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F1 aero expert explains why Qatar GP is harder to predict than usual

F1 aero expert explains why Qatar GP is harder to predict than usual

F1 News

F1 aero expert explains why Qatar GP is harder to predict than usual

F1 aero expert explains why Qatar GP is harder to predict than usual

Formula 1 is returning to Qatar after a two-year absence since its debut in 2021 and while that may seem like only a short time away, its return signifies a fresh start in many aspects.

The cars have undergone significant changes compared to what we witnessed a couple of years ago, and the Losail circuit has undergone a complete resurfacing, including modifications to the curbs.

On paper, the track retains its primary characteristics, featuring a main straight that spans slightly over one kilometre and 16 corners.

Nevertheless, it is evident that the alterations implemented over the past two years have rendered the data collected from the inaugural grand prix relatively less applicable.

Unique challenges at the Qatar Grand Prix

Red Bull's Sergio Perez piloting the RB19 at the Qatar Grand Prix

Losail presents a considerable tyre challenge in terms of its severity, drawing parallels with other demanding circuits like Silverstone and Suzuka.

Therefore, it's not by chance that the same tire compounds have been selected for this track. Losail boasts a diverse range of corners, with a majority falling into the categories of medium and high-speed turns.

The series of bends spanning from Turns 12 to 14 notably resembles the renowned Turn 8 at Istanbul, and mastering this sequence significantly impacts achieving a competitive lap time.

Additionally, the noteworthy fact that 11 out of the 16 corners are right-handers places particular strain on the left side of the car, particularly at the front. These sweeping sections also mean that there is no really hard braking point on the circuit which results in very limited overtaking opportunities.

This means that Qualifying is key at Qatar even though it's a high-speed track.

READ MORE: McLaren lock out front row as Verstappen closes in on title in Qatar Sprint Shootout

Oscar Piastri topped the time sheets to start on pole for the F1 Sprint in Qatar

Sprint throws a spanner in the works

The Qatar Grand Prix is poised to become an even more formidable challenge for both drivers and teams due to the reintroduction of the Sprint format.

Unlike a traditional race weekend with multiple practice sessions, teams are now given just a single hour of free practice on Friday to make critical determinations regarding the car's setup and to gauge how the tires perform during extended runs.

This condensed timeframe adds an extra layer of complexity to the already demanding nature of the race.

Adding to the complexity is the timing of this sole practice session. It occurs during the daytime when the sun's heat is at its peak, warming up the track's asphalt significantly.

McLaren star Lando Norris qualified P2 behind his team-mate Oscar Piastri in the Sprint Shootout

This differs from the subsequent qualifying session and the two races, all of which unfold during the cooler nighttime conditions. This temperature differential creates a unique challenge, as the track's behaviour can vary dramatically between daytime practice and nighttime racing.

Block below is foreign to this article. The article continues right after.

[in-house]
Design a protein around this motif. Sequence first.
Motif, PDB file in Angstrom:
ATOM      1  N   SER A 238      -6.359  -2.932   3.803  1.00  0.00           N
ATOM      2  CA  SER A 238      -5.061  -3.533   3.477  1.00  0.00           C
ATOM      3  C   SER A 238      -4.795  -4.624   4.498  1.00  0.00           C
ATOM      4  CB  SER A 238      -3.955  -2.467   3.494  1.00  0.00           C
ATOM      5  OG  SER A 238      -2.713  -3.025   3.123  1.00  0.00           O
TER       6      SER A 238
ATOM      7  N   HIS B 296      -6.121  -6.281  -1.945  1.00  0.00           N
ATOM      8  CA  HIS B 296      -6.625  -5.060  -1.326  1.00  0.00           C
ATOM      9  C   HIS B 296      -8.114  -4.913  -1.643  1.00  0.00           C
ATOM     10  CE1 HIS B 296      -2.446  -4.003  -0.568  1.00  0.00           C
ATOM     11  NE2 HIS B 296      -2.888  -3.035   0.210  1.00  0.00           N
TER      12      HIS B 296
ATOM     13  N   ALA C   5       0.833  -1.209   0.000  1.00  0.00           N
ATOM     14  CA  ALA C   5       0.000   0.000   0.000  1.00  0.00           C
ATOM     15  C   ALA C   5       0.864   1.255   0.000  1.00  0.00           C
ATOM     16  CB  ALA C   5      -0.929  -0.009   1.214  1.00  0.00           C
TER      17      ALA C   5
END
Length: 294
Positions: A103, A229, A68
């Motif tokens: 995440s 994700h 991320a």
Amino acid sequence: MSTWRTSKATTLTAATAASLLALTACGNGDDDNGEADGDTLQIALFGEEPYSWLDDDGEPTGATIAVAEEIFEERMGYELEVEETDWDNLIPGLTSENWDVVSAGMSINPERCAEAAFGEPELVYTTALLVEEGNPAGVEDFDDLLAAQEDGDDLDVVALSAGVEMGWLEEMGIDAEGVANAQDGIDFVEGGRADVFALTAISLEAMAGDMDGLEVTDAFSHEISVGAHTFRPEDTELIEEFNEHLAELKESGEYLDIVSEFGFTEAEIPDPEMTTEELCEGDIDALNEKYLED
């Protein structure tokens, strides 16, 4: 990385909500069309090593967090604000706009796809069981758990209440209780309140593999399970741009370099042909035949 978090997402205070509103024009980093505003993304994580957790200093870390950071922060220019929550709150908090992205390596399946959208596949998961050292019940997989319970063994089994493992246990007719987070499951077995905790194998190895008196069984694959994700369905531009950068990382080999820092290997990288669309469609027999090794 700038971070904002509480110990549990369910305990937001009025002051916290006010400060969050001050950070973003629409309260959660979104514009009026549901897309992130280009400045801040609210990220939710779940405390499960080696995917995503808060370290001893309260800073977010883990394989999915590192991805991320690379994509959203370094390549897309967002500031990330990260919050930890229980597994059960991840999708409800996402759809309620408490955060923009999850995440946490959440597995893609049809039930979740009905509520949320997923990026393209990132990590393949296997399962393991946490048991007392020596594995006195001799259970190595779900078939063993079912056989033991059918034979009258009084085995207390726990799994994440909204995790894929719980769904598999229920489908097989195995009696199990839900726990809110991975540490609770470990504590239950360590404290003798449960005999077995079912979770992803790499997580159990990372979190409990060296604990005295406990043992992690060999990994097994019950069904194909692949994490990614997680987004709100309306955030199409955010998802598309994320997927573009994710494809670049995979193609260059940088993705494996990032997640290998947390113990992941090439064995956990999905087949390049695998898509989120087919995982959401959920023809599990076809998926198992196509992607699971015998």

This combination of limited practice time and varying track conditions sets the stage for potential surprises during the Qatar Grand Prix. Teams that can swiftly and effectively adapt to these changing circumstances may gain a substantial advantage.

The ability to make quick and accurate adjustments to the car's setup and tire strategy based on the limited data gathered during the daytime practice can make all the difference in securing a competitive position on the grid and ultimately achieving success in the races.

As a result, adaptability and efficient decision-making will be crucial factors for both drivers and teams aiming for a strong performance in this challenging environment.

READ MORE: Verstappen explains SHOCK Sprint Shootout result at Qatar Grand Prix

Additional Factors to Consider

During this race weekend, the absence of support races has left the track in a notably pristine condition, and it continues to undergo significant improvements with time.

Notably, during the Qualifying session, we observed a continual enhancement of track conditions as cars completed more laps.

This presented a particular challenge due to the car's dynamic performance limit, which varied from lap to lap, necessitating constant adjustments to reference braking points and minimum speeds.

In addition to these challenges, the stringent track regulations added further complexity to the equation. Many drivers faced the frustrating situation of losing their lap times, heightening the pressure on them, especially during the qualifying rounds.

Ferrari driver Carlos Sainz in the pit lane in Qatar

Consequently, it wouldn't be surprising if some drivers incurred penalties in the race for exceeding track limits on multiple occasions.

The blend of wind, sand, a freshly laid track surface, and the unique Sprint Weekend format renders the Qatar Grand Prix highly unpredictable. To gain insights into tire behaviour over longer runs, we have to await the Sprint Race.

However, it's essential to remain mindful that the wind may once again deposit a substantial amount of sand onto the track, potentially altering its conditions significantly.

Shubham Sangodkar is a former F1 Aerodynamicist with a Master's in Racing Car Design specializing in F1 Aerodynamics and F1 Data Analysis. He also posts aerodynamics content on his YouTube channel, which can be found here.

READ MORE: EXCLUSIVE: Verstappen setup quirk which allows Red Bull to make car even faster

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